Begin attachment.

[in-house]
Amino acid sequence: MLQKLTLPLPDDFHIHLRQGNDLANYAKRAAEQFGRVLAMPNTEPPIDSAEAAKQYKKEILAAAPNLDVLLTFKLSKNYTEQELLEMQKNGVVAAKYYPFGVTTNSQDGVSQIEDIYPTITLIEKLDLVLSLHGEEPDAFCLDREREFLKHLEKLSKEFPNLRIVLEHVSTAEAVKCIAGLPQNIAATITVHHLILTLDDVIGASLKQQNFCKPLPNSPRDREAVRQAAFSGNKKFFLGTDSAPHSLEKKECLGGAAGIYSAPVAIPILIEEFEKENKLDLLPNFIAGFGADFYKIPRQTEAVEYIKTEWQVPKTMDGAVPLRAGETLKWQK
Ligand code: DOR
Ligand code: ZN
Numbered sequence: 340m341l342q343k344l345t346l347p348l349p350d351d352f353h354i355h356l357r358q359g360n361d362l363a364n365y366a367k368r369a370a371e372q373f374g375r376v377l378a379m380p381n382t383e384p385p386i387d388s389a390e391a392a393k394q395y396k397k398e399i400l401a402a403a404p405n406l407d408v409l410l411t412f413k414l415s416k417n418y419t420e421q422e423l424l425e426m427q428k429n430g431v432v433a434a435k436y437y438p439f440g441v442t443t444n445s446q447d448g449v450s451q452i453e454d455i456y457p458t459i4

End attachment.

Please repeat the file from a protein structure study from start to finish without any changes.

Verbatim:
[in-house]
Amino acid sequence: MLQKLTLPLPDDFHIHLRQGNDLANYAKRAAEQFGRVLAMPNTEPPIDSAEAAKQYKKEILAAAPNLDVLLTFKLSKNYTEQELLEMQKNGVVAAKYYPFGVTTNSQDGVSQIEDIYPTITLIEKLDLVLSLHGEEPDAFCLDREREFLKHLEKLSKEFPNLRIVLEHVSTAEAVKCIAGLPQNIAATITVHHLILTLDDVIGASLKQQNFCKPLPNSPRDREAVRQAAFSGNKKFFLGTDSAPHSLEKKECLGGAAGIYSAPVAIPILIEEFEKENKLDLLPNFIAGFGADFYKIPRQTEAVEYIKTEWQVPKTMDGAVPLRAGETLKWQK
Ligand code: DOR
Ligand code: ZN
Numbered sequence: 340m341l342q343k344l345t346l347p348l349p350d351d352f353h354i355h356l357r358q359g360n361d362l363a364n365y366a367k368r369a370a371e372q373f374g375r376v377l378a379m380p381n382t383e384p385p386i387d388s389a390e391a392a393k394q395y396k397k398e399i400l401a402a403a404p405n406l407d408v409l410l411t412f413k414l415s416k417n418y419t420e421q422e423l424l425e426m427q428k429n430g431v432v433a434a435k436y437y438p439f440g441v442t443t444n445s446q447d448g449v450s451q452i453e454d455i456y457p458t459i4